Monday, 14 January 2013

Hawkwell, Essex

A New Year and a new visitation taking in nine churches on the Dengie peninsular and further south thus finishing a string of churches to the far south east of my catchment area. I set off with low expectations and was not altogether disappointed.

Having said that St Mary was open, and had a sign indicating that this was the usual state of affairs for which all credit, however it has been heavily over restored and little of interest is retained although I did like the nave roof, the bell turret (most unlike me) and an orthodox looking crucifix.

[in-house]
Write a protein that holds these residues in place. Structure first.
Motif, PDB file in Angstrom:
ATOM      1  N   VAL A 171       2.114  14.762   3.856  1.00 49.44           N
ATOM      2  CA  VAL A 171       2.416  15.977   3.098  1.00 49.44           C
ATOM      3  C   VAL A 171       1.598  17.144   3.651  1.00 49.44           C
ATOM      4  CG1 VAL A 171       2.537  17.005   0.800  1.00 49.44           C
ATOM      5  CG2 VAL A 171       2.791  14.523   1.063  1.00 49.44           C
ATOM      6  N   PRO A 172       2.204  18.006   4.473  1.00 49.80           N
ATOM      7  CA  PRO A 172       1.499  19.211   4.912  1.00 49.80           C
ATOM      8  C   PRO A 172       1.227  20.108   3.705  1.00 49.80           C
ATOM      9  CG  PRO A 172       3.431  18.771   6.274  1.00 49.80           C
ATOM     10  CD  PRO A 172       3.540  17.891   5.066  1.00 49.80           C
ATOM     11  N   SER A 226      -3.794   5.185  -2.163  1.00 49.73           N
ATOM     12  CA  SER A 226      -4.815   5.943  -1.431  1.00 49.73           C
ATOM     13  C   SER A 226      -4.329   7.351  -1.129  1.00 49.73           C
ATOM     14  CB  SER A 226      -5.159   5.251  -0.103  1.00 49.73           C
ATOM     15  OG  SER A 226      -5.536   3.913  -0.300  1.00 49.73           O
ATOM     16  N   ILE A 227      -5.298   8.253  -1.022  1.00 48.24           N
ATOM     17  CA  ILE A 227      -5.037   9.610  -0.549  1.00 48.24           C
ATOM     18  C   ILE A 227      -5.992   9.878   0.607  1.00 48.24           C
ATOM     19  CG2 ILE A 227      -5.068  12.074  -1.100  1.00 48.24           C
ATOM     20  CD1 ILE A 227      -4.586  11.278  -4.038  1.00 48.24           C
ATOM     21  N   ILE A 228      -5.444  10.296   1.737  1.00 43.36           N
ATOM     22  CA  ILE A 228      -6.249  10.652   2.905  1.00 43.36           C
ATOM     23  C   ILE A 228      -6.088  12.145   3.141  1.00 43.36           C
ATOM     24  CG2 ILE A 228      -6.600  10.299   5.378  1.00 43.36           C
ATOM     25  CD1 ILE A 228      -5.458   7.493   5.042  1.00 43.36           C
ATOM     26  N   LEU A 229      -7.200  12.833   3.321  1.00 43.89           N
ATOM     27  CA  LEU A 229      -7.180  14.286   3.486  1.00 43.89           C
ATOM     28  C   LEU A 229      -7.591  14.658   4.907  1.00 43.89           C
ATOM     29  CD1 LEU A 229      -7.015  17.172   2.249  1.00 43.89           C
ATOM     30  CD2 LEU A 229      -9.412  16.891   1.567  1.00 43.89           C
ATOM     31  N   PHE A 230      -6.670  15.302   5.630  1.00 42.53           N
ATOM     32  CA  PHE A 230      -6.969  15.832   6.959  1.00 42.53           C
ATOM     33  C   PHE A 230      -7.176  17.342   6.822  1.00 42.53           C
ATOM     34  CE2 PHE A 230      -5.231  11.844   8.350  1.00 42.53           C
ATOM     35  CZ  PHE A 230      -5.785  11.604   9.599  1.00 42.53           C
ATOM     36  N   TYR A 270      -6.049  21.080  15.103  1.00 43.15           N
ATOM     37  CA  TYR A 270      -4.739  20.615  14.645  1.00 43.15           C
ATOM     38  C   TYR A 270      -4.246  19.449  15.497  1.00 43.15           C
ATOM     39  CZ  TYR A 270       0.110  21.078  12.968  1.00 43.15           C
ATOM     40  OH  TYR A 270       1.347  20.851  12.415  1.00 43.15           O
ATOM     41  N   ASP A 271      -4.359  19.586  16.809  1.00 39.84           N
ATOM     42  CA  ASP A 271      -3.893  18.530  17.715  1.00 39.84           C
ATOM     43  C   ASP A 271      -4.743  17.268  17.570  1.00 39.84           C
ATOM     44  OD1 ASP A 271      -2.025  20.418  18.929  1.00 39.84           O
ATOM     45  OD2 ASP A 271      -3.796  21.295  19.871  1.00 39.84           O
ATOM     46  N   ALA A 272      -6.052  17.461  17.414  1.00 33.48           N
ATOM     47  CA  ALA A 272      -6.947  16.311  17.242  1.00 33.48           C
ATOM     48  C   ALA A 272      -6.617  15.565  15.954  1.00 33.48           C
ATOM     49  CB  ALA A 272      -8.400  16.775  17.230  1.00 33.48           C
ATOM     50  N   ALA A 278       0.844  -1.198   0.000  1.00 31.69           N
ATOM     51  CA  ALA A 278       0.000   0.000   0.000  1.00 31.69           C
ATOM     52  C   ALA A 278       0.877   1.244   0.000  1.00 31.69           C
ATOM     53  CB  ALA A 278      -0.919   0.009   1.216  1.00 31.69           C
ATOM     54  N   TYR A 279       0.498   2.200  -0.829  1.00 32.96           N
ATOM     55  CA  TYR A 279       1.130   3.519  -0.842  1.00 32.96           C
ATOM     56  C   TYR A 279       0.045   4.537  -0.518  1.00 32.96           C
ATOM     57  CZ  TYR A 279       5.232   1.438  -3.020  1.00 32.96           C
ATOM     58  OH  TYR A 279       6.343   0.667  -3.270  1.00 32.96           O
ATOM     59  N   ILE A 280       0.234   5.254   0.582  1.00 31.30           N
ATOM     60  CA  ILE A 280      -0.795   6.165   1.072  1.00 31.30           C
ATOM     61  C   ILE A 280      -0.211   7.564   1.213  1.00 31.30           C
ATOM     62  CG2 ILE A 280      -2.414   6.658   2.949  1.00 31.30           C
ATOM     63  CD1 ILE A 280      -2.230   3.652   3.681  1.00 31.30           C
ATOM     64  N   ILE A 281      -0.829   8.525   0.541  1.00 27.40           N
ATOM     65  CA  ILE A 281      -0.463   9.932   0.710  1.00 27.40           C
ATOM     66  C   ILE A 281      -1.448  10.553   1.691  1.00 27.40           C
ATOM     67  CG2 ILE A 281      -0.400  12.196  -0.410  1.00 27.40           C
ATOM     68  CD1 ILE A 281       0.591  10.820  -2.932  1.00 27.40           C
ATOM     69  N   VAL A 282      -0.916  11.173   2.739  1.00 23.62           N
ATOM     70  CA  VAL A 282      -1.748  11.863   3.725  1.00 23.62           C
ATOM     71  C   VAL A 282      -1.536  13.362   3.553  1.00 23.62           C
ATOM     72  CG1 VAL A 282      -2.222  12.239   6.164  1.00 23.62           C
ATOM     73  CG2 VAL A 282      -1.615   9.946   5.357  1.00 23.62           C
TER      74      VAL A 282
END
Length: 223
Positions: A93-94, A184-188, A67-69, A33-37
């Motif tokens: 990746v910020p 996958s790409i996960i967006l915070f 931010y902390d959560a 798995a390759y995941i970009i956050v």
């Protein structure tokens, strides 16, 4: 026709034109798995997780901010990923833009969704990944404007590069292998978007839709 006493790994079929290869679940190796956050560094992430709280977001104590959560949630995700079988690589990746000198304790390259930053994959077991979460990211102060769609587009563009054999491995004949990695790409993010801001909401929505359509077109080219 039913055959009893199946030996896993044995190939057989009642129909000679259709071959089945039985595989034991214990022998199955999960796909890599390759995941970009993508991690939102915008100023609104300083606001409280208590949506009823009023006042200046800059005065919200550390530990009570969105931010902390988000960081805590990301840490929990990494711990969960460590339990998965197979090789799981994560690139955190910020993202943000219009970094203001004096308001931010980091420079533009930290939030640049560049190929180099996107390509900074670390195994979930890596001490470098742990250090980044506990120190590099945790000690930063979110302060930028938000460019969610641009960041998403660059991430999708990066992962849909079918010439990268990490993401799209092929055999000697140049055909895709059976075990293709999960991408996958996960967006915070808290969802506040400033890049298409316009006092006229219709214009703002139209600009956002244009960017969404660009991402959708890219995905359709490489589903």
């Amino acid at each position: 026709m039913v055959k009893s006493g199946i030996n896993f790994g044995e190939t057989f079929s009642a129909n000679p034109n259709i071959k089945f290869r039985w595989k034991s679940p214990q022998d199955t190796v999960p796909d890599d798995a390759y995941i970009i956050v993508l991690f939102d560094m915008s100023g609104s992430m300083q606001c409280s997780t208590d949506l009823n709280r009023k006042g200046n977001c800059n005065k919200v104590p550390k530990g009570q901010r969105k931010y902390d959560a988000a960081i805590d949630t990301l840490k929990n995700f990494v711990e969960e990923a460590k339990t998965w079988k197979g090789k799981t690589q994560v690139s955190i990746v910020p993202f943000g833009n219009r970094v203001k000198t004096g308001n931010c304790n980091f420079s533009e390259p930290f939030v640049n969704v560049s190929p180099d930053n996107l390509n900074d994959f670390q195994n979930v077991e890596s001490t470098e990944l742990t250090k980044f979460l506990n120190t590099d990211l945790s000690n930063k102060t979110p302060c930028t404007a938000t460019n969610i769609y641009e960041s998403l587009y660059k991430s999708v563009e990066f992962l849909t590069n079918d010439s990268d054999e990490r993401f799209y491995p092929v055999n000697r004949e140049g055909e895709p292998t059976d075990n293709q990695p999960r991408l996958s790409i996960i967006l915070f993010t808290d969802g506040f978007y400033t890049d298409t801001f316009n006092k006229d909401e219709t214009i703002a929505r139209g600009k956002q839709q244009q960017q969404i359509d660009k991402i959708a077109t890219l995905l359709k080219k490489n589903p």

ST MARY. Small, of nave and chancel (C14) with a belfry (C15). The low-side-window on the S side of the chancel is original. The belfry rests on four oak posts with cross-beams supported by arched braces. - PLATE. Cup of 1662.

Nave roof


HAWKWELL. The timber bell-turret of its little church is about 500 years old and has a quaint spire, borne on massive beams and curved braces which are a striking feature in the west of the nave. The door with its strap-hinges and cinque-foil handle-plate is a fine example of wood and ironwork of the 15th century. In a window to those who did not come home from the Great War are vigorous figures of St Nicholas and St George.


  1. Researching a Thamas & Jane Bell from before 1800 to the 1830's...regards John Kavanagh

    1. Thank you for letting me know although I see no immediate connection to this post.